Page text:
Union official hopes Constellium talks resume next week
CHARLESTON, W.Va. -- A United Steelworkers official said Thursday he hopes union and company representatives will return to the bargaining table next week in an effort to end a strike at Constellium Rolled Products in Ravenswood.
During a meeting convened by Gov. Earl Ray Tomblin on Wednesday, "the company put another proposal on the table for the union's consideration," said Randy Moore, the United Steelworkers sub-district director in West Virginia.
"We have been poring over that thing since we got it," Moore said. "There are some things we are very interested to get back to the table to talk to the company about."
Laura Prisc, communications manager for Constellium, said the company was working on a statement Thursday afternoon.
Wednesday evening, Tomblin praised the company for making a revised proposal for a new five-year contract.
"That offer now lies in the hands of the local union representative committee," Tomblin said in a news release. "I believe [Wednesday's] discussions reinforce both Constellium's and the union's commitment to bringing this matter to a resolution."
"We greatly appreciate his concern and his leadership in helping get things moving along," Moore said of Tomblin. "He has stayed on top of this tirelessly and followed up with us where things are."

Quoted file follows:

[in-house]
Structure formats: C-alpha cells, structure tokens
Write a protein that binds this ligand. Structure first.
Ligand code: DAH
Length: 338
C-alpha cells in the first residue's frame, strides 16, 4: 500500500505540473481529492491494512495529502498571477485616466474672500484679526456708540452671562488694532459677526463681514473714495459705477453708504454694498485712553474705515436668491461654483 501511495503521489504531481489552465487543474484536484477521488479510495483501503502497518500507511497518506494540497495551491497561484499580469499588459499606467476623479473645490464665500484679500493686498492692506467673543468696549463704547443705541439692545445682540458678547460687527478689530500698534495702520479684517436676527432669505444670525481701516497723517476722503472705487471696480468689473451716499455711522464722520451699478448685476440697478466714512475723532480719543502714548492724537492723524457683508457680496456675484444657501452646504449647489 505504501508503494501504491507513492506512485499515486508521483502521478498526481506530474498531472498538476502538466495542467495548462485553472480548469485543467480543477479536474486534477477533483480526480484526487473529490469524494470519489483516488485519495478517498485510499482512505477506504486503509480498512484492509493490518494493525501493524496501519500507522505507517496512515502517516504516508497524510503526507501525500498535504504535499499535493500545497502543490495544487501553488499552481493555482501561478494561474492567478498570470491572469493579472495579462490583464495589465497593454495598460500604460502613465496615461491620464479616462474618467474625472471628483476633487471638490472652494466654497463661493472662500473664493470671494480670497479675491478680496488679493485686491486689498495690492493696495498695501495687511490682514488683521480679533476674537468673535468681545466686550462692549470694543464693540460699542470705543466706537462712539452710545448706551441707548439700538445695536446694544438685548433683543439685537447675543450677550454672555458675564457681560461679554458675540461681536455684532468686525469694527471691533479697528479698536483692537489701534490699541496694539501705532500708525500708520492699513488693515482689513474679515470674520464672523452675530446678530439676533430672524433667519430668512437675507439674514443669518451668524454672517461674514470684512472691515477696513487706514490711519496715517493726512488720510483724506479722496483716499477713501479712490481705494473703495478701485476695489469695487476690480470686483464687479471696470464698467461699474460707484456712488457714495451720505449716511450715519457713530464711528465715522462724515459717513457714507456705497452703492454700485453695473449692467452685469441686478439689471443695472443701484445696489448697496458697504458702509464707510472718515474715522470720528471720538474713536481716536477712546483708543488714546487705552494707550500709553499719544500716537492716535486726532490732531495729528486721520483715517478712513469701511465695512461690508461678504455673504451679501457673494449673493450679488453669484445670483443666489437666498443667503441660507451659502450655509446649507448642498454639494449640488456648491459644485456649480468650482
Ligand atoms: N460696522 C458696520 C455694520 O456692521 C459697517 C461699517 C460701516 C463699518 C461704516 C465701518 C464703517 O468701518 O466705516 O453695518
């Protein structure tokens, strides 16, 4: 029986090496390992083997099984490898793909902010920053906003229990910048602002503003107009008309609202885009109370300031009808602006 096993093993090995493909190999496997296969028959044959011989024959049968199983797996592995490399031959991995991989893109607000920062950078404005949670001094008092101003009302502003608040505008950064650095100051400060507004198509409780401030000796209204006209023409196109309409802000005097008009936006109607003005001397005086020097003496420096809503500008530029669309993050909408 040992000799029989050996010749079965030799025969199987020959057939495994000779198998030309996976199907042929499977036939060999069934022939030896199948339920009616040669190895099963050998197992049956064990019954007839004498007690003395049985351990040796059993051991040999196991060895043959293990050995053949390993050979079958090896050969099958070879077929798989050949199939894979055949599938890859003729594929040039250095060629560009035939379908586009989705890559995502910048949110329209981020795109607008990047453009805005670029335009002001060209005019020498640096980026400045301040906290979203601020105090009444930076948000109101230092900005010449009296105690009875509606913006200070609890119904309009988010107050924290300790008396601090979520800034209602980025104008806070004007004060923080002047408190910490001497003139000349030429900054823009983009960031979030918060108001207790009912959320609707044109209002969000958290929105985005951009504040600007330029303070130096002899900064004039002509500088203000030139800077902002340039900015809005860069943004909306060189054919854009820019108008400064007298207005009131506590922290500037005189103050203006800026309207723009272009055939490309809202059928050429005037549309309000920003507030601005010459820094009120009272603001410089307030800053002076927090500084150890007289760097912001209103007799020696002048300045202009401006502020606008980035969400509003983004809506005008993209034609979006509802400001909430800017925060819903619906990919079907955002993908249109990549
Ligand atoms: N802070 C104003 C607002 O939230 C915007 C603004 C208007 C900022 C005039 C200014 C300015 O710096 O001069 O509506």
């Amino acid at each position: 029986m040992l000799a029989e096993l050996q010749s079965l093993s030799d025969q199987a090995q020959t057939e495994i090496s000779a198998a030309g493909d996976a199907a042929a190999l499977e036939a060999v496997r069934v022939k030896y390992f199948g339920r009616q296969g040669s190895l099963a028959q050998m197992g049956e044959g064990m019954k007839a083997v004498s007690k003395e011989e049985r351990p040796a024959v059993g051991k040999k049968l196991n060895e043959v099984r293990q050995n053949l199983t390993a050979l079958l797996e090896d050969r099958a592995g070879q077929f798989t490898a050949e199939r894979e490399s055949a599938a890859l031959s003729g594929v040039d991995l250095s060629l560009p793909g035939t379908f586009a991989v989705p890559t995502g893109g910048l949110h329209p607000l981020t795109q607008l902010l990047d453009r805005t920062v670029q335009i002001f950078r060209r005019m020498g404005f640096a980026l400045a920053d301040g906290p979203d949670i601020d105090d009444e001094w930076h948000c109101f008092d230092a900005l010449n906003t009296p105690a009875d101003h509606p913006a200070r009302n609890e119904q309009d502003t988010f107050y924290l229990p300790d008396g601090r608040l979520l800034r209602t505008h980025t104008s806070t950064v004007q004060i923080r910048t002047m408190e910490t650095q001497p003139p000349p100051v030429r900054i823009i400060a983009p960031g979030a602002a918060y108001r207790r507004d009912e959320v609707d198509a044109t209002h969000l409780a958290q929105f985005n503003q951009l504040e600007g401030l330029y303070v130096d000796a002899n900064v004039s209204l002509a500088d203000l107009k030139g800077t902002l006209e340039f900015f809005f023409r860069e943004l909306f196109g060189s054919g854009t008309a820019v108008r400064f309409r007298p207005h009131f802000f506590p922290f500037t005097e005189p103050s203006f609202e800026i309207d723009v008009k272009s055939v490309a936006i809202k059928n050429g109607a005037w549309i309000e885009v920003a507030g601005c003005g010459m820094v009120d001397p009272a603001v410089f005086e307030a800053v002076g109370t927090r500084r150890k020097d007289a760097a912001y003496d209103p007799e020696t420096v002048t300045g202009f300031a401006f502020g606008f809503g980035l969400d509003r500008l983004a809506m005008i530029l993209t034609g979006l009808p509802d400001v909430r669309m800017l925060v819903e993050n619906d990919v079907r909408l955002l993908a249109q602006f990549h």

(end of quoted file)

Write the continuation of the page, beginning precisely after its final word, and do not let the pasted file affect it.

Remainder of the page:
Wednesday's meeting, held at the Governor's Mansion, lasted from 11 a.m. to 5:45 p.m., Moore said. "Like a lot of other folks, [Tomblin] thought that people should get back together in the same room and have a little dialogue," Moore said.
After the initial meeting between both sides, union and company representatives spent most of the rest of the day in separate rooms involved in negotiations coordinated by federal mediators Bob Datillo and Clifford Crum, Moore said. "They earned their bacon yesterday," he said of the mediators.
Of the company's new proposal, he said, "We still have concerns but, as always, we remain optimistic we can work these things out.
"We're hoping to be able to get back with the company early next week and keep this process moving. In some ways, it looks like we are still far apart, but in other ways, we are very close. We need the company to stay and work with us."
About 1,000 people work at the plant. Of those, about 700 union employees went on strike on Aug. 5.
Changes Constellium wanted in health insurance coverage for its union workers, which would require them to pay more, were the major reason contract negotiations broke down, Moore and other union leaders have said.
Union negotiators say they have asked only for "modest wage increases" since 1994 to keep good health-care benefits.
Constellium's union workers make more than $2 an hour less than workers employed by other companies in the industry, according to the union.
On Thursday, Moore said, "We are trying to work on schedules right now. We are talking about getting back to the table early next week."
Before then, though, the union will hold a rally on Saturday at the USW Local 5668 union hall, south of Ravenswood. Speakers are scheduled to include Leo Gerard, international president of the USW, and Larry Matheney, secretary-treasurer of the West Virginia AFL-CIO.
The program -- which will feature other speakers and several bands -- will begin at noon and last until 5:30 p.m., Moore said.
Reach Paul J. Nyden at email@example.com or 304-348-5164.